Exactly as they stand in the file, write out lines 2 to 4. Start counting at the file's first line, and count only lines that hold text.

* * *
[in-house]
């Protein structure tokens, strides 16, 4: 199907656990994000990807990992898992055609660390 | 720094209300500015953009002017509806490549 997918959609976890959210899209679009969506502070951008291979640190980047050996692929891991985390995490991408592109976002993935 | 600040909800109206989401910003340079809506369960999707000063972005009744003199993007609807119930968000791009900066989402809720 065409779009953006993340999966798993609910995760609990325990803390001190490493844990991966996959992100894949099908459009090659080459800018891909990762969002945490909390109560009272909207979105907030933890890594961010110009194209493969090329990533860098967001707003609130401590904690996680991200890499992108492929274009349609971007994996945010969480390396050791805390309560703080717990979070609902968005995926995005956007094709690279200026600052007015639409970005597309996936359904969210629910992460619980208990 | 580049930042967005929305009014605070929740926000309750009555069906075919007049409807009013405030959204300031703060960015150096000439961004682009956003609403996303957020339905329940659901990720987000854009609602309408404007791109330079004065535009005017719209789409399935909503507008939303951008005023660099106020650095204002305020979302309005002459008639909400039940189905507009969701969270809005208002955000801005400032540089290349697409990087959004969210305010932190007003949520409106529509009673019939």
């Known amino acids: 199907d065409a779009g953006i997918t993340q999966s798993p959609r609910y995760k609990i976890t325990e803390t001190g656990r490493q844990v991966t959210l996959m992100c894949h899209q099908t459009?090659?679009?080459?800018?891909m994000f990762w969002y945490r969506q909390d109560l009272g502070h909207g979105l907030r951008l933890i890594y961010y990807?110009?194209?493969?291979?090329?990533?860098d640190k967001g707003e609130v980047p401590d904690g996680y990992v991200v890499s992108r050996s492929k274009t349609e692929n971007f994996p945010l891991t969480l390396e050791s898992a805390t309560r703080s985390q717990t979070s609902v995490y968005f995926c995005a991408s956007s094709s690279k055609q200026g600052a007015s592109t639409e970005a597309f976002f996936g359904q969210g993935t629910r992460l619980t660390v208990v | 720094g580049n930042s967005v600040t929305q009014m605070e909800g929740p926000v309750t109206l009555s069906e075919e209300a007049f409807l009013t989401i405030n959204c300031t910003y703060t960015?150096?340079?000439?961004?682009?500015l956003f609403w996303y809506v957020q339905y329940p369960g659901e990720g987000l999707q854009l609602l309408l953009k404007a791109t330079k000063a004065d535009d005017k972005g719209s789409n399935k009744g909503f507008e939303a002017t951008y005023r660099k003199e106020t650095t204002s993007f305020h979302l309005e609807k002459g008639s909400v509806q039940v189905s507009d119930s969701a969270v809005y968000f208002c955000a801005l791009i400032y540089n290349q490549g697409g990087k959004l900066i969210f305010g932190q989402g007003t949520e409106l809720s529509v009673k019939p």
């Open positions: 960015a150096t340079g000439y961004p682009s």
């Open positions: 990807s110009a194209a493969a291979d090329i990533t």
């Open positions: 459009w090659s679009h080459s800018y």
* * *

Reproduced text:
């Protein structure tokens, strides 16, 4: 199907656990994000990807990992898992055609660390 | 720094209300500015953009002017509806490549 997918959609976890959210899209679009969506502070951008291979640190980047050996692929891991985390995490991408592109976002993935 | 600040909800109206989401910003340079809506369960999707000063972005009744003199993007609807119930968000791009900066989402809720 065409779009953006993340999966798993609910995760609990325990803390001190490493844990991966996959992100894949099908459009090659080459800018891909990762969002945490909390109560009272909207979105907030933890890594961010110009194209493969090329990533860098967001707003609130401590904690996680991200890499992108492929274009349609971007994996945010969480390396050791805390309560703080717990979070609902968005995926995005956007094709690279200026600052007015639409970005597309996936359904969210629910992460619980208990 | 580049930042967005929305009014605070929740926000309750009555069906075919007049409807009013405030959204300031703060960015150096000439961004682009956003609403996303957020339905329940659901990720987000854009609602309408404007791109330079004065535009005017719209789409399935909503507008939303951008005023660099106020650095204002305020979302309005002459008639909400039940189905507009969701969270809005208002955000801005400032540089290349697409990087959004969210305010932190007003949520409106529509009673019939």
């Known amino acids: 199907d065409a779009g953006i997918t993340q999966s798993p959609r609910y995760k609990i976890t325990e803390t001190g656990r490493q844990v991966t959210l996959m992100c894949h899209q099908t459009?090659?679009?080459?800018?891909m994000f990762w969002y945490r969506q909390d109560l009272g502070h909207g979105l907030r951008l933890i890594y961010y990807?110009?194209?493969?291979?090329?990533?860098d640190k967001g707003e609130v980047p401590d904690g996680y990992v991200v890499s992108r050996s492929k274009t349609e692929n971007f994996p945010l891991t969480l390396e050791s898992a805390t309560r703080s985390q717990t979070s609902v995490y968005f995926c995005a991408s956007s094709s690279k055609q200026g600052a007015s592109t639409e970005a597309f976002f996936g359904q969210g993935t629910r992460l619980t660390v208990v | 720094g580049n930042s967005v600040t929305q009014m605070e909800g929740p926000v309750t109206l009555s069906e075919e209300a007049f409807l009013t989401i405030n959204c300031t910003y703060t960015?150096?340079?000439?961004?682009?500015l956003f609403w996303y809506v957020q339905y329940p369960g659901e990720g987000l999707q854009l609602l309408l953009k404007a791109t330079k000063a004065d535009d005017k972005g719209s789409n399935k009744g909503f507008e939303a002017t951008y005023r660099k003199e106020t650095t204002s993007f305020h979302l309005e609807k002459g008639s909400v509806q039940v189905s507009d119930s969701a969270v809005y968000f208002c955000a801005l791009i400032y540089n290349q490549g697409g990087k959004l900066i969210f305010g932190q989402g007003t949520e409106l809720s529509v009673k019939p």
């Open positions: 960015a150096t340079g000439y961004p682009s």